### Delhi Journal of Ophthalmology

#### Decoding the Snellen’s Chart

Fayiqa Ahmed Bahkir
Department of Ophthalmology, Karpaga Vinayaga Institute of Medical Sciences and Research, Chengalpattu, Tamil Nadu, India

Corresponding Author:

Fayiqa Ahmed Bahkir
Email id: fayiqa.prep@gmail.com

 Received: 16-JUL-2019 Accepted: 09-DEC-2019 Published Online: 21-JUN-2020

Abstract
This article deals with the basis of visual acuity and the Snellen's Chart. The principles of trigonometry are applied in order to break down the science behind the Chart, and the laws of optics and refraction are used to build back the chart from scratch. The principle behind the construction of each optotype, and using the Snellen's chart in the clinic are explored.

Keywords :Optics, snellen’s chart, visual acuity

Conceived in the mind of Dutch ophthalmologist Herman Snellen in 1862, the Snellen's chart is most widely used visual acuity chart in ophthalmology clinics across the globe. Since its conception, the Snellen's visual acuity chart has met a lot of criticism, yet continues to be single most applied method to test a person’s vision throughout the world for two main reasons - reproducibility, and ease of usage.
Visual acuity is loosely defined as the ability of the eye to discriminate two adjacent points as distinct. For the eye to make this discrimination, the minimum separation of the two points should be 1´ of arc at the nodal point of the lens. The nodal point is roughly located between the anterior 2/3rd and the posterior 1/3rd of the lens.

Recording Visual Acuity
Visual acuity using the Snellen's chart is recorded as a fraction, separately for each letter. The numerator denotes the distance at which the eye being tested perceives the letter, while the denominator denotes the distance at which a normal eye can perceive the letter.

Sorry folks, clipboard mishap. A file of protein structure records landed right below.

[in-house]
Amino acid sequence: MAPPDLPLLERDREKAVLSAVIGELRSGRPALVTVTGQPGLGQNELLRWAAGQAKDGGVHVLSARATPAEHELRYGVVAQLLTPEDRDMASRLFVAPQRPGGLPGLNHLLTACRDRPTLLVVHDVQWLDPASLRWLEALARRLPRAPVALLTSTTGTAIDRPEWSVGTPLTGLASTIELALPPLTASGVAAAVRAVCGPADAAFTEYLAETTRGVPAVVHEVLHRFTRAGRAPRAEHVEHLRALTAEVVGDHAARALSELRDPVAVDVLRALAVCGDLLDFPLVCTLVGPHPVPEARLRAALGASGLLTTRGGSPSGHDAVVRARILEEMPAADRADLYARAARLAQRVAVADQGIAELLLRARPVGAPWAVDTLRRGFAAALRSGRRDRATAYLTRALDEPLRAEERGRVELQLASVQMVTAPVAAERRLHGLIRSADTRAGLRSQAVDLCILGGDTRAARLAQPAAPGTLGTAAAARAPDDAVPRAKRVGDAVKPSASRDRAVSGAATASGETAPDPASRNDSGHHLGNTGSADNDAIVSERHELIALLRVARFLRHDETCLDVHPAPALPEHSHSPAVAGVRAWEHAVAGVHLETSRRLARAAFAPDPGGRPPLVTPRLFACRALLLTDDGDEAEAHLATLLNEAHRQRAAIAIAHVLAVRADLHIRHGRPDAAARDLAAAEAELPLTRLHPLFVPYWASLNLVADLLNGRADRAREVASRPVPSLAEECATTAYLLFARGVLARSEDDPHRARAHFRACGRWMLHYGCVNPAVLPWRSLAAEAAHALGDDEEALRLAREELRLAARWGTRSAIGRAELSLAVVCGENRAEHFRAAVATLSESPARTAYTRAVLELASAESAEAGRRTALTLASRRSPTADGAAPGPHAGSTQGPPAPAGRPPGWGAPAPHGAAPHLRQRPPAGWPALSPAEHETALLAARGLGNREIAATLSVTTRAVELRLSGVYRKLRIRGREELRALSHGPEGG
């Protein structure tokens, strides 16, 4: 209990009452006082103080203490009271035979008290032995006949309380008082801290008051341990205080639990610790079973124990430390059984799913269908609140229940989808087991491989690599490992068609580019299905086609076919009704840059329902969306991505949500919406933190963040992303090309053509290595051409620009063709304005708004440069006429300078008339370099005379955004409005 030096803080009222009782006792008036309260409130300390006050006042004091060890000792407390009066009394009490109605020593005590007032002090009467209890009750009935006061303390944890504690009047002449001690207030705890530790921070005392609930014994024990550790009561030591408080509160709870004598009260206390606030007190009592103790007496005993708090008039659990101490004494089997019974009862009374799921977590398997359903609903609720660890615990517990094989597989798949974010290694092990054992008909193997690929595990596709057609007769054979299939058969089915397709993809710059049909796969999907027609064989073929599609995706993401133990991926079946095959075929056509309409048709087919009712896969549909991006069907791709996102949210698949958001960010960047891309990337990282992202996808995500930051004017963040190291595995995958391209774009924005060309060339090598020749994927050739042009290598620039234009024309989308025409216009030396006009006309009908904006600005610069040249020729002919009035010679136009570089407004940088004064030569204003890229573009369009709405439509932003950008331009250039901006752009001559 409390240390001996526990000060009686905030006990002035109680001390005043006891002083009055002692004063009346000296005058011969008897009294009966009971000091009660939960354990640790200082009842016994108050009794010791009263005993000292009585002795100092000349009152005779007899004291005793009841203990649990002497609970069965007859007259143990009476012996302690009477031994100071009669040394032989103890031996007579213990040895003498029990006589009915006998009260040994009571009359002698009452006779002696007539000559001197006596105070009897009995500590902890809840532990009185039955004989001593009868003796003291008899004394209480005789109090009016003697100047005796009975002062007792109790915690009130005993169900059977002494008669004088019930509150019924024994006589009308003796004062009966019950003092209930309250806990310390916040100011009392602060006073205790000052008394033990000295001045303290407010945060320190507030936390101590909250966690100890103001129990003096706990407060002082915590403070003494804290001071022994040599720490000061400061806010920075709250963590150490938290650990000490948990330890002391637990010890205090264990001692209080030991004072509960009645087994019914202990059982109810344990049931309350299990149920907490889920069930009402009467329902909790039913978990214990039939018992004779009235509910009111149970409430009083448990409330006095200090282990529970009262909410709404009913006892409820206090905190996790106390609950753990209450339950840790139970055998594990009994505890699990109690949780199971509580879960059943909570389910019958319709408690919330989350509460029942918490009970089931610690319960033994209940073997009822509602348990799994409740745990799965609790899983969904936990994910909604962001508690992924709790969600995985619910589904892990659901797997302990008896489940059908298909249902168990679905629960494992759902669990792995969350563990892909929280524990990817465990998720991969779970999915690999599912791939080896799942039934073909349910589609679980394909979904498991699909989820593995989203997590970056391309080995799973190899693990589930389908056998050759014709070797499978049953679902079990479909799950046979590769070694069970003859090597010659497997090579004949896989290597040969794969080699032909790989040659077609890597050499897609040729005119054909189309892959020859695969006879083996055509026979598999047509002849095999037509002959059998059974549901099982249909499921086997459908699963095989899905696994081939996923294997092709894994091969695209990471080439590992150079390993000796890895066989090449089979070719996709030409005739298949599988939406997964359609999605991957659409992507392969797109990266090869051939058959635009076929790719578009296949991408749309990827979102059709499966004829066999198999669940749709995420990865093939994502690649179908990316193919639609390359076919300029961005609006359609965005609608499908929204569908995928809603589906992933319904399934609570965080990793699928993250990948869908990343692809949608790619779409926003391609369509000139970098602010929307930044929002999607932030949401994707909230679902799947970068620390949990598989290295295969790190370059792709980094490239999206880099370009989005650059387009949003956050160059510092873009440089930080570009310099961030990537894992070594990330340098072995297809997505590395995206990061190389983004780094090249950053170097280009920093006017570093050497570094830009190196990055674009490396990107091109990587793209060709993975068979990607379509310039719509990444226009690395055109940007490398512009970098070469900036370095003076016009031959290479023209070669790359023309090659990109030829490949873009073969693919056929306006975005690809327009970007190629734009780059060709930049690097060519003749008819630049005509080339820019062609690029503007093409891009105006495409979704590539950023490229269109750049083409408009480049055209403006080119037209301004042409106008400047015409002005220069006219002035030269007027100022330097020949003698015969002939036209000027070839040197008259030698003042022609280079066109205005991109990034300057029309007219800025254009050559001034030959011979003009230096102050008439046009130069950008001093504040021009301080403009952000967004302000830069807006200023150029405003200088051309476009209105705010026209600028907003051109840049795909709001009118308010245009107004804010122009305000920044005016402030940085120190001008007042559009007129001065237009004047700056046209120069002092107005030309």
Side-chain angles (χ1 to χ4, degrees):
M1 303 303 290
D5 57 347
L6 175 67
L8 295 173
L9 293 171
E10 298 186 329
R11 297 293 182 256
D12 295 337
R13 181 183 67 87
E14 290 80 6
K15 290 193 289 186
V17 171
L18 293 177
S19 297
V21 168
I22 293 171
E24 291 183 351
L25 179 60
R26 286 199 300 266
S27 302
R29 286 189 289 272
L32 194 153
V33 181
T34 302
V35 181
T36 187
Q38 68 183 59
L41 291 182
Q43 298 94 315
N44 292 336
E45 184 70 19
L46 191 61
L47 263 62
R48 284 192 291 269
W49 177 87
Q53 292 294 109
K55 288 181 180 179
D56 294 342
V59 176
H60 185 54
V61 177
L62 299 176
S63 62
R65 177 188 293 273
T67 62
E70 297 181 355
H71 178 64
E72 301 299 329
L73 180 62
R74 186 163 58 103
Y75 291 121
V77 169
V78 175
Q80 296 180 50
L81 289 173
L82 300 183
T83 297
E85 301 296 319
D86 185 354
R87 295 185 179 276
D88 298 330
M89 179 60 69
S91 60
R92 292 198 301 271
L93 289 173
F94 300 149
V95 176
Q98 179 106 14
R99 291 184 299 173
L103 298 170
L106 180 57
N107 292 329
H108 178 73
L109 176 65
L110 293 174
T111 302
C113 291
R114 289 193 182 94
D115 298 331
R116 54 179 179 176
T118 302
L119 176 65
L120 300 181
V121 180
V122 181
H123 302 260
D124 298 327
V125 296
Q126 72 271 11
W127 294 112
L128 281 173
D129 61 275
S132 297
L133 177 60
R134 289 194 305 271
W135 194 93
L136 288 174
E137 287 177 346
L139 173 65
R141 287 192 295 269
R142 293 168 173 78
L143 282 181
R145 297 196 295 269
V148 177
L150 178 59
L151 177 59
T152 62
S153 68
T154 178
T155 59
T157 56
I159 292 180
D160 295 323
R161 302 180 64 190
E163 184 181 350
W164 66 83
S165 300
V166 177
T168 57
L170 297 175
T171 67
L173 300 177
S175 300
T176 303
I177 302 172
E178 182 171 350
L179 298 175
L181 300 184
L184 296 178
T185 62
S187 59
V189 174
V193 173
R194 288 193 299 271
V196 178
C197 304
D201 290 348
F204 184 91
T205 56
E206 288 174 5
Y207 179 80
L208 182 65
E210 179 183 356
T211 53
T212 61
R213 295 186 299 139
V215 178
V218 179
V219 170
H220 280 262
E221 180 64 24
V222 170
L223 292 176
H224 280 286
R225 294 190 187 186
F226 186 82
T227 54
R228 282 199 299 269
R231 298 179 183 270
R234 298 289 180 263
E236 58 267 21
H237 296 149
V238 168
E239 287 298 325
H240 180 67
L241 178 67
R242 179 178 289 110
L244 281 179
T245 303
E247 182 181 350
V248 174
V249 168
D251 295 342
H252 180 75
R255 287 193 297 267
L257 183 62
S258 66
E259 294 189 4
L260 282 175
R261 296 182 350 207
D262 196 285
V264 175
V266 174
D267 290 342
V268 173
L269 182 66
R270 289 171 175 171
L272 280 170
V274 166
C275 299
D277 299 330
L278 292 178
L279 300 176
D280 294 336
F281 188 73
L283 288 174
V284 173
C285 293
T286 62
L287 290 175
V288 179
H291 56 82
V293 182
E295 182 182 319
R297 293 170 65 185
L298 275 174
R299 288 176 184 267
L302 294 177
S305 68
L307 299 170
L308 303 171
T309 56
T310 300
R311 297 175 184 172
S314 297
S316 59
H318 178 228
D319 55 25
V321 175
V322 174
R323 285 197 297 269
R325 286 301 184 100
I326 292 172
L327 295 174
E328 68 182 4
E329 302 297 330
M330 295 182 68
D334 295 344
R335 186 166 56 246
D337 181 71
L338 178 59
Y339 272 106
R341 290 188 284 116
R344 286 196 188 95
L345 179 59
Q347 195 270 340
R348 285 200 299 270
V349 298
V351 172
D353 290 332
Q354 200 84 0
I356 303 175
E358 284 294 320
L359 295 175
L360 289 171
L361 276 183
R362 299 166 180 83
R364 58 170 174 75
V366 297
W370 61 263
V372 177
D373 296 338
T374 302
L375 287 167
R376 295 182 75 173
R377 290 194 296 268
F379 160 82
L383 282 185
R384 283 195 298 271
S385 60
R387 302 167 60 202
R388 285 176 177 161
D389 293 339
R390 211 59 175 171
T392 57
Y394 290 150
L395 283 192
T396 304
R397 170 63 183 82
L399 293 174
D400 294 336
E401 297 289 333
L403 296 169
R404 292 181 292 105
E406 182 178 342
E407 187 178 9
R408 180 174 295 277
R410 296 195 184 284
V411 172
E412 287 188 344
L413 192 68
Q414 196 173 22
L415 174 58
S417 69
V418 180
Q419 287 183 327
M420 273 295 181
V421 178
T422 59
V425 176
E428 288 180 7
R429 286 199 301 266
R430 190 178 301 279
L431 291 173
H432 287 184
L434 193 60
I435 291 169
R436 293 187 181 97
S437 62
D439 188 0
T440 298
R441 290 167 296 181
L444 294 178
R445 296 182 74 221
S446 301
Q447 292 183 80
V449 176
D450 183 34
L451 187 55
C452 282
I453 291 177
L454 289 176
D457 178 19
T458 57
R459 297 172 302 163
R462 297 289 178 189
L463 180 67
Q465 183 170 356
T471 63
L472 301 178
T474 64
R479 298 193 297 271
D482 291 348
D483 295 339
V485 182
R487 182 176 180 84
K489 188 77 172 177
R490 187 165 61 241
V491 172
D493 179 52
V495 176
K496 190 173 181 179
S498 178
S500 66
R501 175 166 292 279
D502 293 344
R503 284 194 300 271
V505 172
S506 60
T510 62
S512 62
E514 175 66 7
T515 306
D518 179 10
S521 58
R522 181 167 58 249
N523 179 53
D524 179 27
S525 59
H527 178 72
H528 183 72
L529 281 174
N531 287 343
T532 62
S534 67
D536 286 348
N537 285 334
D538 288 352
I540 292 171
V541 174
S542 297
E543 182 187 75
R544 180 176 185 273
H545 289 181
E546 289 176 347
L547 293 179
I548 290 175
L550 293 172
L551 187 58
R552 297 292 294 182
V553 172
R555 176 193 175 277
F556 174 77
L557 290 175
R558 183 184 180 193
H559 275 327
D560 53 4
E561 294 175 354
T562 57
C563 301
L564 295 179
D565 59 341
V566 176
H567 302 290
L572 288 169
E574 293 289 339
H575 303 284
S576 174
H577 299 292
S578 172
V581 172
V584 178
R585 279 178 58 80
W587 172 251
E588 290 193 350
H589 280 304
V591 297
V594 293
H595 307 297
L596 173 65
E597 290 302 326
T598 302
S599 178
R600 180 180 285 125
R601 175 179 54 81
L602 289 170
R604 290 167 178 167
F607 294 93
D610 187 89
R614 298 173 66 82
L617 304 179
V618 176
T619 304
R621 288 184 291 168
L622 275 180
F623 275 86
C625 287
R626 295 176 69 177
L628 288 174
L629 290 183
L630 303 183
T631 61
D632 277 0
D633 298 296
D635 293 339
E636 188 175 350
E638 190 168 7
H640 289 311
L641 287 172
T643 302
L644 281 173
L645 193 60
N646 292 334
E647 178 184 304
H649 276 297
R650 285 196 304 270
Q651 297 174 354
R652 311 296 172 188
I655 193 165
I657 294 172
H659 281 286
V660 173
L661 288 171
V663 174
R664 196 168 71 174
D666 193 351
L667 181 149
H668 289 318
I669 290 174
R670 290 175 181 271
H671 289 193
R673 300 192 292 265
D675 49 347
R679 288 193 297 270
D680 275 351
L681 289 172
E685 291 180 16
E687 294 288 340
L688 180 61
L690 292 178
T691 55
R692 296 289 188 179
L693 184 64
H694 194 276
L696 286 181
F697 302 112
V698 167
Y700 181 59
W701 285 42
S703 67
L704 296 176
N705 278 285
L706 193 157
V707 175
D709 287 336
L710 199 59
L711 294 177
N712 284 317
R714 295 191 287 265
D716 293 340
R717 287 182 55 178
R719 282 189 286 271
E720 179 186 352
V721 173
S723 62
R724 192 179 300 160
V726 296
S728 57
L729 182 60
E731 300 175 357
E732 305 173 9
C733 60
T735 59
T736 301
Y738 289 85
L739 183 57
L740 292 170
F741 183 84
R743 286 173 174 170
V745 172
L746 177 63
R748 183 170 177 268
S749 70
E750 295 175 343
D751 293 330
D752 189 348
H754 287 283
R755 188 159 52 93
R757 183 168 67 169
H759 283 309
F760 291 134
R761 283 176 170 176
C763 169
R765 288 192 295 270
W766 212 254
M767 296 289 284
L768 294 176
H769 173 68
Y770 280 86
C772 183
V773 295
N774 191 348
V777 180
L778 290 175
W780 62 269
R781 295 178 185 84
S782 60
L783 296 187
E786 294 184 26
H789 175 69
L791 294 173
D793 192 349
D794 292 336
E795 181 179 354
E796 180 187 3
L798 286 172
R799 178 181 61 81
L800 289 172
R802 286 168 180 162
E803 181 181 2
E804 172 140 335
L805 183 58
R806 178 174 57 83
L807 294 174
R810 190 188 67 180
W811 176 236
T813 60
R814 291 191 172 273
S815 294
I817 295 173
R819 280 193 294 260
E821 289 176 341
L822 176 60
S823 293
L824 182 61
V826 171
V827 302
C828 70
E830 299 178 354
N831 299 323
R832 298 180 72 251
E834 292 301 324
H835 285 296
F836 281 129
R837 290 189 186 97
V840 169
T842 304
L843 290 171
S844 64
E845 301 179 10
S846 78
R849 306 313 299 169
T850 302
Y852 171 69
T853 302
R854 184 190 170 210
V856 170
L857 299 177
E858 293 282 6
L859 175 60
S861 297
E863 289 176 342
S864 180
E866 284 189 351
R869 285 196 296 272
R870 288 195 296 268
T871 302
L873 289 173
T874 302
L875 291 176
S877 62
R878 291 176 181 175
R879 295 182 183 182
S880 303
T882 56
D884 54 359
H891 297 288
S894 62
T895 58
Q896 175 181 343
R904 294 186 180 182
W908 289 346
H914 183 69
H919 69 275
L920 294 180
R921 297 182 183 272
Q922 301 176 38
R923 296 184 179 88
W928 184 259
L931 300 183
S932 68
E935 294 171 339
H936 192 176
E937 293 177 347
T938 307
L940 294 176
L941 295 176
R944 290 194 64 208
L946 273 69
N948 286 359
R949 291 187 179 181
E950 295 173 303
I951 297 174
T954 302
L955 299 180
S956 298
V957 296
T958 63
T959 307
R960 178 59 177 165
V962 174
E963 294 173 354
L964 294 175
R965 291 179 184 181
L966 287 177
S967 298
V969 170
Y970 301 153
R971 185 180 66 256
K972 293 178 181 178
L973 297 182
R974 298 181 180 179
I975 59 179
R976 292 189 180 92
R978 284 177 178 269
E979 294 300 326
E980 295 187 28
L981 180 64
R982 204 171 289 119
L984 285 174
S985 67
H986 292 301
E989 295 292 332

For example, a vision of 6/60 means that a normal eye can read the letter on the 6/60 even at 60 metres, but the eye that is being tested can read the letter only at 6 metres.
The convention is to check the right eye first, but some schools of thought say that the eye with worse subjective vision should be tested first. Either way, vision in each eye should be tested while the opposite eye is closed, and the patient reads each line on the chart from above downwards.

Optotypes of the Snellen's Chart
Each letter on the Snellen’s chart is called an optotype and each optotype is made of a square-type font. Not all the letter of the alphabet can be printed in such a way as to meet the requirements of the chart, so only a few select letters are used in the common chart: E, C, F, D, O, P, L, N, Z, T. A few other letters are also occasionally found: H, K, R, U, V.
A complex mix of mathematics and optics go into the successful construction of an efficacious Snellen’s chart. For the purposes of this article, we will use trigonometry formulas to try and recreate the optotypes of the Snellen’s chart. The statement that governs the whole of Optics reads as follows. ‘The smallest letter on the chart seen from a particular distance will subtend an angle of 5´ at the nodal point.’
We will treat this statement as absolute fact, and use it as the basis of recreating each line of the chart, starting from the largest letter on the chart.
minimum angle of resolution of the eye = 1 arc minute
1 arc minute = 1/60th of a degree
1 degree = 60 arc minutes

According to the statement, at 60 metres, the angle subtended by the 6/60 line would be 5´ of arc, with each limb of the letter subtending an angle of 1´ of arc.
Therefore, to construct the 6/60 line, we need the dimensions of the letter in usable physical measurements.
Applying the laws of trigonometry, tan? = opposite/adjacent;
tan (5/60) = a /60
a = 60 x tan (5/60)
a = 60 x 0.0014544421
a = 0.08726 metres = 8.726 cm

Therefore, the largest letter has to have a height of 8.726cm.